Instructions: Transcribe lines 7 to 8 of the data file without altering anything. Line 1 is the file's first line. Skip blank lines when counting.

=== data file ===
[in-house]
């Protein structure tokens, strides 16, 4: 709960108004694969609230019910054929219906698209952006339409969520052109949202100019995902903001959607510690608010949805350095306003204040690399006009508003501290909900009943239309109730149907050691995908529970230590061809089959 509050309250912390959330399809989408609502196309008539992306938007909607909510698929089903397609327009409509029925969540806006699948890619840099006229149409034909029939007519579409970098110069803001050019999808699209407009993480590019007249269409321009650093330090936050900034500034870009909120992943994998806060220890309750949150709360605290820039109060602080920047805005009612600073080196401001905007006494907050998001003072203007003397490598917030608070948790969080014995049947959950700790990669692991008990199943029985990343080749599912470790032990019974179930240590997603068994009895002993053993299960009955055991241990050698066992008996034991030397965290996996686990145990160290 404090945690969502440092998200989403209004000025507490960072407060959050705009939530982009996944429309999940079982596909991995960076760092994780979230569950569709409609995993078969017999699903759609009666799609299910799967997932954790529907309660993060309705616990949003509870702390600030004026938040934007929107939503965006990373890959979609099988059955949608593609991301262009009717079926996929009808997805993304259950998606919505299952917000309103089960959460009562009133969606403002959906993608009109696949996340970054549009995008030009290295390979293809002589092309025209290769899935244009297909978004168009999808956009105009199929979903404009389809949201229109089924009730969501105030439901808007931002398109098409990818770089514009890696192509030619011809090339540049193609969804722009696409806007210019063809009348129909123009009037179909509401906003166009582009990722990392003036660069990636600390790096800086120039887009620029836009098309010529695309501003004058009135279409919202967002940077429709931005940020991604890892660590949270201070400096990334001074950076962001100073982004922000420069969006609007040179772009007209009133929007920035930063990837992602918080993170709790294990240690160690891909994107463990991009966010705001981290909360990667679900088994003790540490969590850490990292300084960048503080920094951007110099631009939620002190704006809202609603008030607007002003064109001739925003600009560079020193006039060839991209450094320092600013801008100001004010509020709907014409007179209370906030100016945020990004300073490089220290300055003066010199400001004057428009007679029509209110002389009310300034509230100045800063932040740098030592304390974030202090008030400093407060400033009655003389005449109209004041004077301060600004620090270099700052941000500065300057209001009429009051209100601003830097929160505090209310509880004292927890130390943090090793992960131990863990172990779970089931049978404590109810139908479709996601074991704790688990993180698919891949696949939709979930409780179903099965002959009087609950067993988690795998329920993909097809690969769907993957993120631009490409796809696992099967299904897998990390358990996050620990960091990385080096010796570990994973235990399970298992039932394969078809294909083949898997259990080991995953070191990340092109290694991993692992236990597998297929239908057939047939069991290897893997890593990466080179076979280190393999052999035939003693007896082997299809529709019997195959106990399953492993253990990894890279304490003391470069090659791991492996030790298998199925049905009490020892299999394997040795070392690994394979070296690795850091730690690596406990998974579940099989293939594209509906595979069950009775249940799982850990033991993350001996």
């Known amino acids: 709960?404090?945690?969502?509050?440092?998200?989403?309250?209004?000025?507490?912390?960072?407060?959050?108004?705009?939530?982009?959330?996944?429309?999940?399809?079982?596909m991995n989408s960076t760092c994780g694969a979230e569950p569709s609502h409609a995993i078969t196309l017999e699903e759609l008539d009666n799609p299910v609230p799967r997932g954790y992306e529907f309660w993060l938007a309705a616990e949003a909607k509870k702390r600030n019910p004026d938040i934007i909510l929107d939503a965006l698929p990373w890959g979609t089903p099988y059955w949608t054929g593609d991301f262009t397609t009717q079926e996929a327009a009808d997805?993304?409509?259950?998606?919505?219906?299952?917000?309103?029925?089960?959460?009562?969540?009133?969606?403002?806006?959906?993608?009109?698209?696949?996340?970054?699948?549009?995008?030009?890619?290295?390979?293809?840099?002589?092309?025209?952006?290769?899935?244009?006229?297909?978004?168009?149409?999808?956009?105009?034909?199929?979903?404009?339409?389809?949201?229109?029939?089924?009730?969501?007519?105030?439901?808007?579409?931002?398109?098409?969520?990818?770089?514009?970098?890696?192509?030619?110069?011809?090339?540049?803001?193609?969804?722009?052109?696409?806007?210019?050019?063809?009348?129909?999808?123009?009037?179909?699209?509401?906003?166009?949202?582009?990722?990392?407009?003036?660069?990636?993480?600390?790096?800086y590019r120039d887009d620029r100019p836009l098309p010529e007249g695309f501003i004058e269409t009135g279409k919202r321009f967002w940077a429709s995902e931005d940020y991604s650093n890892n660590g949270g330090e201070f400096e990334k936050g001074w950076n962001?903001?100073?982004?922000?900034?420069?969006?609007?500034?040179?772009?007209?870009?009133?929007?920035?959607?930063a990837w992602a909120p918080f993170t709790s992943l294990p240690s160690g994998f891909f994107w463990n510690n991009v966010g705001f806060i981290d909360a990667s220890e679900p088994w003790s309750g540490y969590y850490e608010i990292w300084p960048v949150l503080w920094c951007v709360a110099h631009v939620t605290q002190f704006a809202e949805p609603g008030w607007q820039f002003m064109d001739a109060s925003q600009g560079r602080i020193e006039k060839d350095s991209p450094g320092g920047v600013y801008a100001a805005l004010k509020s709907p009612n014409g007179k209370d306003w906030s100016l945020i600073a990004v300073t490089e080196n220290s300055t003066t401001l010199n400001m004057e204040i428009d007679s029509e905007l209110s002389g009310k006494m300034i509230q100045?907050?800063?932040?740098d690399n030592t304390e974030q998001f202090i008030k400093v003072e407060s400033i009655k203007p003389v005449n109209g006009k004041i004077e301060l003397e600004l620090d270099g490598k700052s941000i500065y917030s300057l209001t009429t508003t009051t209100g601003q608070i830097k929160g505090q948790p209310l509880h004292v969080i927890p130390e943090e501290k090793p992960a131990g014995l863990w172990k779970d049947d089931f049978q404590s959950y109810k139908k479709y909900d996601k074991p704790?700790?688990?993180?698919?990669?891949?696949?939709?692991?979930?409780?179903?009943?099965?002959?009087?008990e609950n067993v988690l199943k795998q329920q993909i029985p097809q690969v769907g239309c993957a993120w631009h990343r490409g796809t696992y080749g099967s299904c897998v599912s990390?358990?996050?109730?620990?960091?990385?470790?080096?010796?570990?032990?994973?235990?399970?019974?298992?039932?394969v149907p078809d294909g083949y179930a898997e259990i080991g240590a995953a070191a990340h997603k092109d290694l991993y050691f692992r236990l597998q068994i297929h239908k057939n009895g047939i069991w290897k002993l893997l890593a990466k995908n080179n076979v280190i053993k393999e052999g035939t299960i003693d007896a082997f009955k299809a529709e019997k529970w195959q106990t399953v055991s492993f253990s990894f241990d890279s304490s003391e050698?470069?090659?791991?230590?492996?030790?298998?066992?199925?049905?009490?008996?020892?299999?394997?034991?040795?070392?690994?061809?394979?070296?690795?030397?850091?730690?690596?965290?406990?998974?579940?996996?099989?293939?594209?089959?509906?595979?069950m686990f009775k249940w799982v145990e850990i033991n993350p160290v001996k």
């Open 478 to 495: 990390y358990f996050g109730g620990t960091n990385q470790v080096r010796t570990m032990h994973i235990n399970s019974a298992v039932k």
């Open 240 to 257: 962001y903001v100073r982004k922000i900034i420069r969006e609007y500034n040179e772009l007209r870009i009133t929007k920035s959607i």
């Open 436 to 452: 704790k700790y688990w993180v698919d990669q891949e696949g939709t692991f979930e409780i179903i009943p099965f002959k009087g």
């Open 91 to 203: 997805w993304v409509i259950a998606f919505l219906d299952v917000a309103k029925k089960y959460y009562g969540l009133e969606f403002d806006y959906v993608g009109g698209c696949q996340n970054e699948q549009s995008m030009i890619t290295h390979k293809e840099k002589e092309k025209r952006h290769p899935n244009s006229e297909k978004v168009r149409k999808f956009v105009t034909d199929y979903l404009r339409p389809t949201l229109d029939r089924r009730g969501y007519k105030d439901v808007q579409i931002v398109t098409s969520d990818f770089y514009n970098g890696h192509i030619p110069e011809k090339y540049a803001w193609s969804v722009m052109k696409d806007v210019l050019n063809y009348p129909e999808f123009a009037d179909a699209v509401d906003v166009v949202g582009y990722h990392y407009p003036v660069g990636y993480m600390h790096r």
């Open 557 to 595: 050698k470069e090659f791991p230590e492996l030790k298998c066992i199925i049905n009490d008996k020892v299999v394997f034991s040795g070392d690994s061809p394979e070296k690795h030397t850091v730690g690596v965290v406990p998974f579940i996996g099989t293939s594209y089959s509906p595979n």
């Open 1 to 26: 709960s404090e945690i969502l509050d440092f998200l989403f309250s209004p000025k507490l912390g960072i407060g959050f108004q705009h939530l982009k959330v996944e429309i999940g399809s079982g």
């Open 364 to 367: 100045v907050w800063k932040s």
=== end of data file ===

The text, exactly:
């Open 91 to 203: 997805w993304v409509i259950a998606f919505l219906d299952v917000a309103k029925k089960y959460y009562g969540l009133e969606f403002d806006y959906v993608g009109g698209c696949q996340n970054e699948q549009s995008m030009i890619t290295h390979k293809e840099k002589e092309k025209r952006h290769p899935n244009s006229e297909k978004v168009r149409k999808f956009v105009t034909d199929y979903l404009r339409p389809t949201l229109d029939r089924r009730g969501y007519k105030d439901v808007q579409i931002v398109t098409s969520d990818f770089y514009n970098g890696h192509i030619p110069e011809k090339y540049a803001w193609s969804v722009m052109k696409d806007v210019l050019n063809y009348p129909e999808f123009a009037d179909a699209v509401d906003v166009v949202g582009y990722h990392y407009p003036v660069g990636y993480m600390h790096r």
């Open 557 to 595: 050698k470069e090659f791991p230590e492996l030790k298998c066992i199925i049905n009490d008996k020892v299999v394997f034991s040795g070392d690994s061809p394979e070296k690795h030397t850091v730690g690596v965290v406990p998974f579940i996996g099989t293939s594209y089959s509906p595979n």